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Software comapany startup tips? To make it Big

 
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Hello,

Does your book cover any information/tips to start our own software company?

I am having 3 years of experience in Software/J2EE/ECM domain.

What parameters should one consider while starting new software company? domain knowledge? risks? policies? etc...

Thanks
Nikesh
 
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If "Making it Big" doesn't cover what you need, I'd suggest the following two books which have rather unconventional business ideas aimed at start-ups.

Guy Kawasaki's "The Art of the Start"
37signals "Rework"
 
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Hi Nikes,

Thanks for asking about statrups. If my book book didn't cover startups I think I may have been sued for having a misleading book title! In fact an entire chapter of the book is about software startups; Chapter 20 "Going out on your own: the software statrup". As well, four people I interviewed in particular helped found major companies include: Diane Greene, cofounder of VMWave, which she headed as CEO for 10 years and helped grow to a 1 Billion dollar per year company. Marc Benioff, CEO and founder of Salesforce.com, which is now also about a billion dollar per year company. Steve Wozniak, inventor of the Apple computer, who cofounded Apple Inc with his buddy Steve Jobs, and Grady Booch who cofounded Rational Sofwtare.

I can't do your question justice in a single forum posting but I'll make a few points that I hope will be helpful:
1. The more you can do on your own, before pulling in other investors, the better. When other investors join you will lose control.
2. Good ideas alone aren't enough to make good business. One of the biggest reasons that startups fail is that some engineers think they can also run a business. Know your limits! If you need to recruit a CEO, or business development manager, or marketing lead, then when the timing is riught do it. It's a sign of strength not a sign of weakness to pull in others who can compliment your skills. Just look at Google. Sergey Brin and Larry Page were smart enough to know they needed a real business leader to help take Google to the next level, so they hired Eric Schmidt as their CEO.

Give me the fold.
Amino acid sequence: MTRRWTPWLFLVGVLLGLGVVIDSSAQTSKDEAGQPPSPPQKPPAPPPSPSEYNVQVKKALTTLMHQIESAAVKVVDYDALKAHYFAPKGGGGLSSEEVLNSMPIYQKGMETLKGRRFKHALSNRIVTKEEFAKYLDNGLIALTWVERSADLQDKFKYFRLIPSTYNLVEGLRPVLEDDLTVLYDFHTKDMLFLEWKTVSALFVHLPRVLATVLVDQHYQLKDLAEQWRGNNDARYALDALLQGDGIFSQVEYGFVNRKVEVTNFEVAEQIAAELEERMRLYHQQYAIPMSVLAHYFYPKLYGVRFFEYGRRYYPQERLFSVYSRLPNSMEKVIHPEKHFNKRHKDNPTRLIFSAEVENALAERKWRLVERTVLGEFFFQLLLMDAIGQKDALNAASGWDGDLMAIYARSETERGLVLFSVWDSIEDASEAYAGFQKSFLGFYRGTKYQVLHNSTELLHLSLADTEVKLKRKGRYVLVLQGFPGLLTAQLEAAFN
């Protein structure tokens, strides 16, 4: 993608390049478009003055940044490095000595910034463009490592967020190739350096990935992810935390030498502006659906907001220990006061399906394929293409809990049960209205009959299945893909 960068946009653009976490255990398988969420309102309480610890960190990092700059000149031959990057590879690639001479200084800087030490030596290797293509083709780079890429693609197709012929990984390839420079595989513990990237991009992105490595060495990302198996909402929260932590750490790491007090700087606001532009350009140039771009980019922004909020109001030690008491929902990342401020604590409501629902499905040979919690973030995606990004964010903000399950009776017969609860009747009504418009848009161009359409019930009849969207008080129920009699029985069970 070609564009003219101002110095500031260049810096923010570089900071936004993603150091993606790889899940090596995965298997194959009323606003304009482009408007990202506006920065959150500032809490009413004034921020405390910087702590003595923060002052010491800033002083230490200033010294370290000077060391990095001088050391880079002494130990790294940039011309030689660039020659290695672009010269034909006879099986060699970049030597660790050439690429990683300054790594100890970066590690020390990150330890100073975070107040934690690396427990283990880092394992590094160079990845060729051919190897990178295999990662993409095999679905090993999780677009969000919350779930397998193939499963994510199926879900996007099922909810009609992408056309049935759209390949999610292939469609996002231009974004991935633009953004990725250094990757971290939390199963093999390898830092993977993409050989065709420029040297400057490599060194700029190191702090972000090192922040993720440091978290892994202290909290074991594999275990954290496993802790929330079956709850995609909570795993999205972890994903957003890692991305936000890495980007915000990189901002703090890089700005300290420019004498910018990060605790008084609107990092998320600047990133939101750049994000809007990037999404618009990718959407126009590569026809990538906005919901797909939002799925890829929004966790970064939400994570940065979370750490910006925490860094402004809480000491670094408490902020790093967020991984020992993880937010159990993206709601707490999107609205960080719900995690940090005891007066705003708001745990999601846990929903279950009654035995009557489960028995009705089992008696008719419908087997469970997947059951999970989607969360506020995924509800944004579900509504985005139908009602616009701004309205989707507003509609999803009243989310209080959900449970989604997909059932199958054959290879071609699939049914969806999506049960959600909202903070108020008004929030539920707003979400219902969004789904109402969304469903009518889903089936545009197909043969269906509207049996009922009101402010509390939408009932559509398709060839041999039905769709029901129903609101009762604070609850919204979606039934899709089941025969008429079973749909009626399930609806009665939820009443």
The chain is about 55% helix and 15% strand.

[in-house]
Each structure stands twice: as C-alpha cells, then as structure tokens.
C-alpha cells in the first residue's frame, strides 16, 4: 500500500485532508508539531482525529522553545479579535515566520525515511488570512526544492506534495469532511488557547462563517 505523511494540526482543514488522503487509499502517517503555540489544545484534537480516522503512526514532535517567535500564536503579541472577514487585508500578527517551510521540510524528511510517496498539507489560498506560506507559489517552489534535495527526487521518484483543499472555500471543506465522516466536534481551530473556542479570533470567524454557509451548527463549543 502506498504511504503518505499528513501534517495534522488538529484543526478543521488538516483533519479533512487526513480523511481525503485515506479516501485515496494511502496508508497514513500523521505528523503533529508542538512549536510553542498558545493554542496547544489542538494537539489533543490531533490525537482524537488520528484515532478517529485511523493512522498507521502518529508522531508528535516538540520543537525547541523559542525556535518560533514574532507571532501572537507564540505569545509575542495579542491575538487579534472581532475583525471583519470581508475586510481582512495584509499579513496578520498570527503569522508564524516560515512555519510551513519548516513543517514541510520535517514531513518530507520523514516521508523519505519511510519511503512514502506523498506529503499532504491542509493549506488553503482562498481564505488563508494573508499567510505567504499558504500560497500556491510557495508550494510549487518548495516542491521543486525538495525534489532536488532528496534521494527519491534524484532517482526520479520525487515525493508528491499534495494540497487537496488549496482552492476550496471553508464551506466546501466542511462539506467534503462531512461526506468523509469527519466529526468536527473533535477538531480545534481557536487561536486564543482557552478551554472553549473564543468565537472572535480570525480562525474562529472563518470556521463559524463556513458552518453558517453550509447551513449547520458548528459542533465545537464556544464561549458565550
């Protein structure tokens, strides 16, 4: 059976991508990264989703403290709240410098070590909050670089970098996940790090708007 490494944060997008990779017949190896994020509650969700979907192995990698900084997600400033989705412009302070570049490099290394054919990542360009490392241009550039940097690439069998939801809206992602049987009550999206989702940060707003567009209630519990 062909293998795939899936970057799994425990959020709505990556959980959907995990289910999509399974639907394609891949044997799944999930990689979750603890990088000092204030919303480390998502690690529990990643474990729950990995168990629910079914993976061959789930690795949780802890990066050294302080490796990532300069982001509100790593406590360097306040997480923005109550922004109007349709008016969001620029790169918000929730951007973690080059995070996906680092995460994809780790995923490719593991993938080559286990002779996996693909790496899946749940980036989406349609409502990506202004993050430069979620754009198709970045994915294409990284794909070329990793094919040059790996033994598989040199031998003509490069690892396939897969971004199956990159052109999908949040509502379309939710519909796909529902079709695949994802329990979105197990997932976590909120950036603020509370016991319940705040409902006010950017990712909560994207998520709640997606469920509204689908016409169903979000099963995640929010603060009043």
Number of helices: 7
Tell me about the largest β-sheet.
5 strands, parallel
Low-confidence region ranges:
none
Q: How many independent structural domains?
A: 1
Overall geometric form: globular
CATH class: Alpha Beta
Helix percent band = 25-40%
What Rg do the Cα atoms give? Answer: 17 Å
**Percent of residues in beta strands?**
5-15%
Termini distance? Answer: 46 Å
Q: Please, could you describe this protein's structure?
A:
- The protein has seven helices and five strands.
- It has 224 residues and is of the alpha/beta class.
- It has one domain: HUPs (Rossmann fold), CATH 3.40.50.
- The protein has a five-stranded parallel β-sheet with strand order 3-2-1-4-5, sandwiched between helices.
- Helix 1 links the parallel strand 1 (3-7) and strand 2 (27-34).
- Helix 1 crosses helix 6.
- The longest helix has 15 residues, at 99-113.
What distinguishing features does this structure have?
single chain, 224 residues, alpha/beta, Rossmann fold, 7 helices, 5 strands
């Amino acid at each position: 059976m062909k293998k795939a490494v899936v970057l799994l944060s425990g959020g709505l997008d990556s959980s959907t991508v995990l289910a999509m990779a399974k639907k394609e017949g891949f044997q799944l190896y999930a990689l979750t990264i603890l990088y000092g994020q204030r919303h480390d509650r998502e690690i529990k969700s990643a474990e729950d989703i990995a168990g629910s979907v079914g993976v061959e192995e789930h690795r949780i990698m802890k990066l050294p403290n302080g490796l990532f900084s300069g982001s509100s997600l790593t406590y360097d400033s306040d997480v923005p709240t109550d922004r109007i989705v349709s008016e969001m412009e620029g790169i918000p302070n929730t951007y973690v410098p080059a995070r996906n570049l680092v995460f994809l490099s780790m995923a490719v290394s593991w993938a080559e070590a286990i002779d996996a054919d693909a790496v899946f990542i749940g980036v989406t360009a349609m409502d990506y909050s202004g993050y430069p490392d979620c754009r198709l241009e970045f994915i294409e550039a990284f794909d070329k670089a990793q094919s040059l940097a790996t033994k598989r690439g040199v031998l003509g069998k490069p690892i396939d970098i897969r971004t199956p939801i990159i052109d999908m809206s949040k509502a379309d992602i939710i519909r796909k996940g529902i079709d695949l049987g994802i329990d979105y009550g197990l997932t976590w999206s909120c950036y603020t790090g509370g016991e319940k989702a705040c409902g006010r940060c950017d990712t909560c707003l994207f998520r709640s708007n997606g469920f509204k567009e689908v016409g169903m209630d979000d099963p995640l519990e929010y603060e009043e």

3. A picture is worth a thousand words but a demo is worth a thousand pictures. Make sure you have a really compelling demo that you can use to showcase your ideas quickly to future customers and/or investors.
4. Leverage the breadth of the Internet to get yuour ideas and your sofwtare out to a wide audience. In the beginning having a lot of customers who can be your advocates and evangelists is more important than chargiung for your software. (of course that depends on the kind of software you are developing... but this is true most of the time)
5. Be sensitive to the need to get to revenue. This is especially true if you are using venture capital funding to fuel your R&D. Investors don't like to wait too long before seeing some traction. If you can keep the revenue rolling, even if it's not what you dreamed it would be, you have a hope of keeping the investments coming. Without revenue the investment funds will dry up all too quickly.

I hope you'll enjoy chapter 20 and the interviews with founders of some notable startups.

Sam
 
Nikes Shah
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Thanks Michael and Sam

Do you recommend any professional certification(s) or courses/degree to start up new company?
 
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